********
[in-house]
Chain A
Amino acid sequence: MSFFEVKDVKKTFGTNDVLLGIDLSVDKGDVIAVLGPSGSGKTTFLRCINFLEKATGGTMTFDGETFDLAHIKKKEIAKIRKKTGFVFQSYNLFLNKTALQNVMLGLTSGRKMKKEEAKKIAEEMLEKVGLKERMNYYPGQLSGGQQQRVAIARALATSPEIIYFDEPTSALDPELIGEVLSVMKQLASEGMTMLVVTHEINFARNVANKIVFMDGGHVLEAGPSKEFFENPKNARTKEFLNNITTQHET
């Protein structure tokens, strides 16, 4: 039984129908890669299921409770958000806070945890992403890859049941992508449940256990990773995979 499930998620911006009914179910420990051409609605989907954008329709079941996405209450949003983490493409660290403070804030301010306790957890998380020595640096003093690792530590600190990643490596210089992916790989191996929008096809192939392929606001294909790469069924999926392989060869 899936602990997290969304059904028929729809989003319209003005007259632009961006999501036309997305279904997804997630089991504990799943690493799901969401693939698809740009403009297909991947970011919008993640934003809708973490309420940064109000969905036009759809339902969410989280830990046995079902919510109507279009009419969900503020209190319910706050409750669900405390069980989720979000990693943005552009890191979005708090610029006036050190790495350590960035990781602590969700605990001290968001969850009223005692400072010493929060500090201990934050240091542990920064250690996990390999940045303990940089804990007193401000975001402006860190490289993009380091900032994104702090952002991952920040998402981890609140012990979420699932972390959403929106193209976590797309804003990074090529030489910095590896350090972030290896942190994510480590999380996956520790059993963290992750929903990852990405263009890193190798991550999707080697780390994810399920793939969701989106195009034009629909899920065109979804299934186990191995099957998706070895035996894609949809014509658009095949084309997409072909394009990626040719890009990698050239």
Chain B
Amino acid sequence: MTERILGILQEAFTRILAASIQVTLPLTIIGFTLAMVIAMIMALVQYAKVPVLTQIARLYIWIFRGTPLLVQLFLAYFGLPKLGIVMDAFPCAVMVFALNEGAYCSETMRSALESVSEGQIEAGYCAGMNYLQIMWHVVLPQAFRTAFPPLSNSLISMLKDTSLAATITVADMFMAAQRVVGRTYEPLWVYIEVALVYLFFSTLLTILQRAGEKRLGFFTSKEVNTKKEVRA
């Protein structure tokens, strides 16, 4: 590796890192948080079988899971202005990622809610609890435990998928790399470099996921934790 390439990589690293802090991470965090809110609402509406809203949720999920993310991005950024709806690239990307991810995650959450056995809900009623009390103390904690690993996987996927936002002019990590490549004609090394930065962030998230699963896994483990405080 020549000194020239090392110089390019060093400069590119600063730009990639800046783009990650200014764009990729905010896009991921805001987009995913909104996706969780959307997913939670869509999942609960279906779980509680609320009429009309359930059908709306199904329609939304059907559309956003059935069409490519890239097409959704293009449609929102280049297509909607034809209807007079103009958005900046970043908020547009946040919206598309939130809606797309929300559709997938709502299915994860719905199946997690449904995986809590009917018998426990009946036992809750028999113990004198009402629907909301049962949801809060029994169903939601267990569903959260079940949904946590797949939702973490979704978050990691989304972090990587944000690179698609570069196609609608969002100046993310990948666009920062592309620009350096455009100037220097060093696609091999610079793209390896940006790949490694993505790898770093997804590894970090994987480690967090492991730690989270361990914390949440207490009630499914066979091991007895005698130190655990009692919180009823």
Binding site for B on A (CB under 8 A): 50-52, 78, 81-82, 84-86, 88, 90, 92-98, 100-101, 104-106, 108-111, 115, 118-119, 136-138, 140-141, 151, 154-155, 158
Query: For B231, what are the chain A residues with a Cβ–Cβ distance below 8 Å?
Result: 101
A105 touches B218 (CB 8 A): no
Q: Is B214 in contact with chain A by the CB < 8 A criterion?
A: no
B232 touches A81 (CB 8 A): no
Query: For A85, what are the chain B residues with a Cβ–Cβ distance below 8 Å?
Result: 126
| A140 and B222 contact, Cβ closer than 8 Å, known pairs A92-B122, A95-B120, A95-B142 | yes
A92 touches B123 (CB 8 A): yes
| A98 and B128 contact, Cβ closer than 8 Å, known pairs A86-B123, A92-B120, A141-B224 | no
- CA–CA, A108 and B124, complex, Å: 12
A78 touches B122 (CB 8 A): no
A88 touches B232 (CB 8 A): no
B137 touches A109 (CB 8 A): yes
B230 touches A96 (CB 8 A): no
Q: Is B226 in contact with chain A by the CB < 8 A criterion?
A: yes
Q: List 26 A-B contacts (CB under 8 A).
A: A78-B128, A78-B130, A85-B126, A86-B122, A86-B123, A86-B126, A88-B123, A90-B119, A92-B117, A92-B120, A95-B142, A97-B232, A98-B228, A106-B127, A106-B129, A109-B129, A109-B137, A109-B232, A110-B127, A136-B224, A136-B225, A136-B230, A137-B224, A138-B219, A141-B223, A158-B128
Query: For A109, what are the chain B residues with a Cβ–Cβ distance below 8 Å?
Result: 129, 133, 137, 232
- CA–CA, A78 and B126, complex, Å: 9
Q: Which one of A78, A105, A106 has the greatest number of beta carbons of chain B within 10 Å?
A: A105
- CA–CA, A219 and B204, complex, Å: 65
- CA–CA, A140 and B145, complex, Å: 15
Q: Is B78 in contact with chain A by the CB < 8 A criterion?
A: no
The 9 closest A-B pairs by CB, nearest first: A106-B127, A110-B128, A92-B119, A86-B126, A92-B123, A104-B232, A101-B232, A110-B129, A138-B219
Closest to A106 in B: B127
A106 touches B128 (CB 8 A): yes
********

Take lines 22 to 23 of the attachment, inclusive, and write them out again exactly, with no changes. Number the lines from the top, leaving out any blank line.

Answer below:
A88 touches B232 (CB 8 A): no
B137 touches A109 (CB 8 A): yes